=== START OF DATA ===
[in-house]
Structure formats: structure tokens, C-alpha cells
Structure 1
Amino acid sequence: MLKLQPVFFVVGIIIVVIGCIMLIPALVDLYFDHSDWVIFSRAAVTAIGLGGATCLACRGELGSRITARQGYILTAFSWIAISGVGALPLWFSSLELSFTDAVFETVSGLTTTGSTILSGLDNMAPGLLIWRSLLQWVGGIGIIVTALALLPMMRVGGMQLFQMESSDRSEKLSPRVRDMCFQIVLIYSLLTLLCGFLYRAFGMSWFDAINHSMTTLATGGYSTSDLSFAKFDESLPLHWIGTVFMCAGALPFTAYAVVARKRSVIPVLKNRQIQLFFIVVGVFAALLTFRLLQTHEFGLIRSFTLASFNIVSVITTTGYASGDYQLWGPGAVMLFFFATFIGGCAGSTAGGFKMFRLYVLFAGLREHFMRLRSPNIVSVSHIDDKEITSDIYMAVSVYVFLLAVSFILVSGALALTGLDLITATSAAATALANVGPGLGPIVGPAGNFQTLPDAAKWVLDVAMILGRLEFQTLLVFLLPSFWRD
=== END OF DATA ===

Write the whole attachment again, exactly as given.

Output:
[in-house]
Structure formats: structure tokens, C-alpha cells
Structure 1
Amino acid sequence: MLKLQPVFFVVGIIIVVIGCIMLIPALVDLYFDHSDWVIFSRAAVTAIGLGGATCLACRGELGSRITARQGYILTAFSWIAISGVGALPLWFSSLELSFTDAVFETVSGLTTTGSTILSGLDNMAPGLLIWRSLLQWVGGIGIIVTALALLPMMRVGGMQLFQMESSDRSEKLSPRVRDMCFQIVLIYSLLTLLCGFLYRAFGMSWFDAINHSMTTLATGGYSTSDLSFAKFDESLPLHWIGTVFMCAGALPFTAYAVVARKRSVIPVLKNRQIQLFFIVVGVFAALLTFRLLQTHEFGLIRSFTLASFNIVSVITTTGYASGDYQLWGPGAVMLFFFATFIGGCAGSTAGGFKMFRLYVLFAGLREHFMRLRSPNIVSVSHIDDKEITSDIYMAVSVYVFLLAVSFILVSGALALTGLDLITATSAAATALANVGPGLGPIVGPAGNFQTLPDAAKWVLDVAMILGRLEFQTLLVFLLPSFWRD